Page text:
How Apple-IBM Deal Can Boost Mobile Enterprise

by CXOtoday News Desk    Oct 21, 2014

mobile apps

The landmark Apple-IBM deal that was announced in July this year, has started to ripen, as the first batch of apps and software from the partnership will roll out next month. According to some analysts, the partnership of the two one-time rivals can be a boon for the iPad market, where sales continue to shrink in recent times.

While it is undoubtedly a win-win deal that will bring both the companies into the limelight, it “could change the way businesses function,” as Apple CEO Tim Cook hinted at a recent analyst call.

Experts believe that the partnership aims to address key industry mobility challenges and spark true mobile-led business change. CFO Luca Maestri told Reuters that Apple and IBM have already signed up about 50 initial corporate clients for software solutions and apps developed jointly under their recently forged strategic alliance.

Their alliance can help Apple delve more deeply into the business of serving corporate clients, a business now dominated by IBM, Hewlett Packard and Microsoft Corp. In a July interview, Apple’s chief executive Tim Cook said, “For the first time ever, we’re putting IBM’s renowned big data analytics at iOS users’ fingertips, which opens up a large market opportunity for Apple.”

Ginni Rometty, IBM chairman, president and CEO, too said the alliance “will build on our momentum in bringing these innovations to our clients globally. Apple is looking for growth in the business community for their devices like iPhone, iPad and iCloud services. IBM is the company who can help Apple do just that.”

As hardware unit continues to slump, IBM attempted to shift its focus to software and services especially mobile and cloud. After a string of mobile software acquisitions, the company hopes software sales will contribute half of its total profit by 2015 and this is just a step in that direction.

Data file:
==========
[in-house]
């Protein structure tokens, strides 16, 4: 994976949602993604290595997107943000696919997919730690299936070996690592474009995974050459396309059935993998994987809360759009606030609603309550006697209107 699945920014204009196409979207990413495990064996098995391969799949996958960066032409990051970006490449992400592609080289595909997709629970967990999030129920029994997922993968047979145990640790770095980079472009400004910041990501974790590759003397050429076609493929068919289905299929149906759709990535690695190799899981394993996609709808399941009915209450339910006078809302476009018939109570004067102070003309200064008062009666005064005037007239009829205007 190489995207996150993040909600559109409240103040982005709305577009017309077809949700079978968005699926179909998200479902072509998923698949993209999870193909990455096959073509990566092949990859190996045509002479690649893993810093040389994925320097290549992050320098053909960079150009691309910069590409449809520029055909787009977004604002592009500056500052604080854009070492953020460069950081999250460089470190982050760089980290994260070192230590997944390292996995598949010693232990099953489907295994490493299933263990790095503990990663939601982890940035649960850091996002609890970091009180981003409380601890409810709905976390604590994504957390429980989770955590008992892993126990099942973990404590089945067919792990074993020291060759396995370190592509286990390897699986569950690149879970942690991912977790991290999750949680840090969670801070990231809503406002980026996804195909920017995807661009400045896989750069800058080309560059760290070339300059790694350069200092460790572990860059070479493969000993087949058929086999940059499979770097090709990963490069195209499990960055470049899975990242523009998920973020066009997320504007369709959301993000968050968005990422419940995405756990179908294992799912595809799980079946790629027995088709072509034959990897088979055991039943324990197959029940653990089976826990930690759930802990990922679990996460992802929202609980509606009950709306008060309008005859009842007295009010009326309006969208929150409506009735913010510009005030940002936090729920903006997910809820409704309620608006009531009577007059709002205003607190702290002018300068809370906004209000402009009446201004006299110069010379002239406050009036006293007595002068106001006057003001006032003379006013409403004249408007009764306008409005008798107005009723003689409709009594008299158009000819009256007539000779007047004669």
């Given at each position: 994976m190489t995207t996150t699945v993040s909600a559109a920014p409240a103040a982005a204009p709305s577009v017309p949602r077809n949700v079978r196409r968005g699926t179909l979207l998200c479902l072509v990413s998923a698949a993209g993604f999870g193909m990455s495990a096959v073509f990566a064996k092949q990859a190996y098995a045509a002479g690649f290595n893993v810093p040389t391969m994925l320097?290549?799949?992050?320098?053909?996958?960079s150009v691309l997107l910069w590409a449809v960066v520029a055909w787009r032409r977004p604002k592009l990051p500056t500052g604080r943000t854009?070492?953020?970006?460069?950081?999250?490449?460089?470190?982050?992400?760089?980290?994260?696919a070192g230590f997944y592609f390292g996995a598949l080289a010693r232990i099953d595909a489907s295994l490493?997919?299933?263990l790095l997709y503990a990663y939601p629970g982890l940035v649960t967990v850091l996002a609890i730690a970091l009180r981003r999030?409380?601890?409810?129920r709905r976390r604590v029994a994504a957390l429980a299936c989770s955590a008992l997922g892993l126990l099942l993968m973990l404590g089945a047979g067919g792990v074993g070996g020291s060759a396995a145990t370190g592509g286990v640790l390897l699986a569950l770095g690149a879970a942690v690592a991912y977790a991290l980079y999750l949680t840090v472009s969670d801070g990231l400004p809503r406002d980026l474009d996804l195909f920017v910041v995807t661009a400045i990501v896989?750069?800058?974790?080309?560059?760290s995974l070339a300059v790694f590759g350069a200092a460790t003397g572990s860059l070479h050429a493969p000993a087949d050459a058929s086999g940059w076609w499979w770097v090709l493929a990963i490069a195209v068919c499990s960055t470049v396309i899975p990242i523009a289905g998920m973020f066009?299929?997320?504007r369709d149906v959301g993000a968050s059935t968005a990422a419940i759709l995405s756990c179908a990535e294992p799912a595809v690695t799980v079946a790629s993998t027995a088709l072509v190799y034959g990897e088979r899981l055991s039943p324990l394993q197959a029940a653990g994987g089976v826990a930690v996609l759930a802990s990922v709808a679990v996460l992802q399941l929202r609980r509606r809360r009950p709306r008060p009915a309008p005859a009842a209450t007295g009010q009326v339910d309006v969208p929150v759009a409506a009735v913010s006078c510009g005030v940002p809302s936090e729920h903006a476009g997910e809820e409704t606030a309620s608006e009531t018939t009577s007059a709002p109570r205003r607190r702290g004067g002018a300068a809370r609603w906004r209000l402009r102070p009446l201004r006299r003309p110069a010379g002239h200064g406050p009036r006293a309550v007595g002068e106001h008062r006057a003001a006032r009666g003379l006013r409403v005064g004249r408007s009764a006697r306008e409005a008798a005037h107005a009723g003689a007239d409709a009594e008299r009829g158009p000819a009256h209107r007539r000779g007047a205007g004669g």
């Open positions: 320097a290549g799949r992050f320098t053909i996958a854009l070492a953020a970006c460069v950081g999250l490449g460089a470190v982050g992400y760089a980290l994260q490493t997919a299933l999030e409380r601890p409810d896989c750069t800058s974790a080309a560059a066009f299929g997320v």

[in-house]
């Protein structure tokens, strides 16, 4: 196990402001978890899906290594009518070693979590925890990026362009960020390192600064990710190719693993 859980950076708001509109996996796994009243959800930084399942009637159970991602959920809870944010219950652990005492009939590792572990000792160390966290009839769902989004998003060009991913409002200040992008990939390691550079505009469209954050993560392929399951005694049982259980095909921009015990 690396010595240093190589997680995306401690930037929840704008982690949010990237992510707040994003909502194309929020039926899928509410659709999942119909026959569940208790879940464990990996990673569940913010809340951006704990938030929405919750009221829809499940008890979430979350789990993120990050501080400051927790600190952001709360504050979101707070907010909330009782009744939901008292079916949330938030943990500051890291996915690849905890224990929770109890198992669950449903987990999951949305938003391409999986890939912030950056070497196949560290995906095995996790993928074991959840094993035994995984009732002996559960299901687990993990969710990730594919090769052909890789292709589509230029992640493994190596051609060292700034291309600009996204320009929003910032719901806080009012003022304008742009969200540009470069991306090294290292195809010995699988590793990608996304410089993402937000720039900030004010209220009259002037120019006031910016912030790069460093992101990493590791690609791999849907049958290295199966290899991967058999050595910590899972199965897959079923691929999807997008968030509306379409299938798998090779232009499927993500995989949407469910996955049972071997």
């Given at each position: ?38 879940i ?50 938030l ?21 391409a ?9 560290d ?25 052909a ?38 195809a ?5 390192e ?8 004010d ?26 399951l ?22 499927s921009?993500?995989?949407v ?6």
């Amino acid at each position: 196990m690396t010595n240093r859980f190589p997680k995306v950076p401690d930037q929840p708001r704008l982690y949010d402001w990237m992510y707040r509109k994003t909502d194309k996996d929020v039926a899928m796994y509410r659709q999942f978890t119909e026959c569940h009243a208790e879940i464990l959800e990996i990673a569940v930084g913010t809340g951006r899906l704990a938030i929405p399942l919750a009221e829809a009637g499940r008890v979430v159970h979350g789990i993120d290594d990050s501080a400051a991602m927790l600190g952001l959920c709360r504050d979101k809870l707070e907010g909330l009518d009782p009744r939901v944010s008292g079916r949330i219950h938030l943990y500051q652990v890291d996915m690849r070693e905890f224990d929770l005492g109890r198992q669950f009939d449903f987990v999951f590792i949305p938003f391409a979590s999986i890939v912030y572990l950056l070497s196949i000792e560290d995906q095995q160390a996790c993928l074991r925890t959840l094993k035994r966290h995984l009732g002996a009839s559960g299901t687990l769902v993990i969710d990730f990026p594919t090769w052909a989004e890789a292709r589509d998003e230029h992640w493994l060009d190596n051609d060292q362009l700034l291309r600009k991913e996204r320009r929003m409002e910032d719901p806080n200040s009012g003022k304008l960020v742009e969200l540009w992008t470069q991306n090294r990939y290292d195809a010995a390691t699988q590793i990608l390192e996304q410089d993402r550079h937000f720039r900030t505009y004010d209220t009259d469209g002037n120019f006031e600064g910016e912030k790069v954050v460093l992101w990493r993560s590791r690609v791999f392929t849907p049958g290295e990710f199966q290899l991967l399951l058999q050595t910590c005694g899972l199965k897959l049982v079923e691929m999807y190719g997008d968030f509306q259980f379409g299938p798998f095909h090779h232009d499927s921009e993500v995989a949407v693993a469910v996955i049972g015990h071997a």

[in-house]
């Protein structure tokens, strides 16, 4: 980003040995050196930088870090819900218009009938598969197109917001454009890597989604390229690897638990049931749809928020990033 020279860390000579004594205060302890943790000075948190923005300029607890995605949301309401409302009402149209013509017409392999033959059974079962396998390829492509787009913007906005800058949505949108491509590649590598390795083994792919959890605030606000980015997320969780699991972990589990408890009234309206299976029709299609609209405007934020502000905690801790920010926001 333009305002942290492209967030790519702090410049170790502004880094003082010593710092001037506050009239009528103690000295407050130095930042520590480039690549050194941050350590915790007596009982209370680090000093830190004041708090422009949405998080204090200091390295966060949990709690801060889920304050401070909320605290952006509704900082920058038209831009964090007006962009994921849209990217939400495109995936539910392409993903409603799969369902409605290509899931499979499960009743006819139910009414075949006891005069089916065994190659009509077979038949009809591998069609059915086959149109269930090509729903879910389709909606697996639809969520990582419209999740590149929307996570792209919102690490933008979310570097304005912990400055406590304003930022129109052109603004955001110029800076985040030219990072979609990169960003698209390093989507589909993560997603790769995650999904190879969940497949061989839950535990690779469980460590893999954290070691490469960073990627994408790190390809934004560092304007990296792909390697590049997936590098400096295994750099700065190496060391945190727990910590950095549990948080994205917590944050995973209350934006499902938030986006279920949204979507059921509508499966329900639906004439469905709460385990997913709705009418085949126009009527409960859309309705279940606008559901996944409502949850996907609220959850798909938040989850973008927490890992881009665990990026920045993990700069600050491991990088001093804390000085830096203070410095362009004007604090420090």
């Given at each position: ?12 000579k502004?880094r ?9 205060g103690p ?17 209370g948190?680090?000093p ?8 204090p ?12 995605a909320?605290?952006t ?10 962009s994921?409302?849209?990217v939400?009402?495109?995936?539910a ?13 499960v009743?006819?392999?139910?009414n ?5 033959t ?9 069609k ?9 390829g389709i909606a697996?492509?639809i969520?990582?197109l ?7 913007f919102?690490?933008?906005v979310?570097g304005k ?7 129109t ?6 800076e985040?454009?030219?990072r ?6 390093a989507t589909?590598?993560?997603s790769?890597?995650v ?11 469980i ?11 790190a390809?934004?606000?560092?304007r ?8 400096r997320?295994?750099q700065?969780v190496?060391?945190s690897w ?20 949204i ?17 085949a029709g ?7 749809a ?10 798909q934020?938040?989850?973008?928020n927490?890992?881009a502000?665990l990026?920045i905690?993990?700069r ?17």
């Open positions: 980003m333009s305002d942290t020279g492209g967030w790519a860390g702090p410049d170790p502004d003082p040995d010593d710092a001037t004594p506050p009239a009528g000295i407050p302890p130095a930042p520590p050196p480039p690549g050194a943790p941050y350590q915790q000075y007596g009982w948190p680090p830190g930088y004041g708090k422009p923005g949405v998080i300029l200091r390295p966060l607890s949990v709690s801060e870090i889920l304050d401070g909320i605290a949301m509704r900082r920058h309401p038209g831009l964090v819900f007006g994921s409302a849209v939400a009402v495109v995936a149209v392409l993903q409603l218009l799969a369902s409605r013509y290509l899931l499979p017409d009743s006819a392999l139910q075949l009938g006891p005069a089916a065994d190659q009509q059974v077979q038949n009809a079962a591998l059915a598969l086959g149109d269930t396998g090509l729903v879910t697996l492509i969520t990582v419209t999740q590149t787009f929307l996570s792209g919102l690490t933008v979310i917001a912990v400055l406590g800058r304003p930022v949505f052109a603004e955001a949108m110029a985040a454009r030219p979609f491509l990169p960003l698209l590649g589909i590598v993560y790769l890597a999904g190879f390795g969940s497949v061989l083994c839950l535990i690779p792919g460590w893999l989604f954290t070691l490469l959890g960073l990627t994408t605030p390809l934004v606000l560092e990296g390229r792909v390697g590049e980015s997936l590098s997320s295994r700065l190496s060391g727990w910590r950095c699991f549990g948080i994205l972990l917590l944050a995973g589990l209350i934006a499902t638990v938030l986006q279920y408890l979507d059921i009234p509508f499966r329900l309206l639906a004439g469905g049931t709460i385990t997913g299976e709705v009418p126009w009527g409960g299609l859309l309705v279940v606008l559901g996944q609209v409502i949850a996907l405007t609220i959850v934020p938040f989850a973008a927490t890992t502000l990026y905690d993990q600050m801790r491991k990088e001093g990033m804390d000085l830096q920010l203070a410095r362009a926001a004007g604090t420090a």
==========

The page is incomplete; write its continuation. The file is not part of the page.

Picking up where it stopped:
At the same time, Apple is looking to boost growth amid a global onslaught of smartphones and tablets using the Google Android operating system. While Apple is popular among many consumers, its appeal to corporate users has been more limited. Research firm IDC said it expects Android smartphones to remain ahead of the pack with an 80.4 percent market share in 2014. Apple, meanwhile, saw the iPad sales slump and its market share tumbled in the last two quarters.

IBM will benefit strongly from the deal, especially after its shares dropped close to 8 percent in early-morning trading and will bank on Apple, the market leader and innovator of the year. However, the combined force can bring tremendous gain for IBM as well, just as it would to the business community.

Jefferies analysts predict the partnership could bring in 42 million new users for Apple. In other words, sales of iPhone and iPad in the enterprise will shoot up in the coming month. The companies earlier mentioned that they will build more than 100 custom-built enterprise apps for Apple’s iPad and iPhone customers in retail, healthcare, and other vertical industries.

Roger Kay, principal analyst at Endpoint Technologies Associates believes Apple hasn’t had great luck with enterprises, while IBM is trying to expand its mobile footprint.

IBM will leverage its cloud services — such as device management, security and analytics to create apps for iPhone and iPad, making these phones more customized and secure. As Kay mentions in his blog, IBM is a bit more refined at hand-holding and customizing products for enterprise customers than Apple, which makes products for the mass market.

 The partnership will therefore give it a clear opportunity for the market leaders to get into the pulse of the unexplored enterprise market that is increasingly relying on mobility to grow and innovate.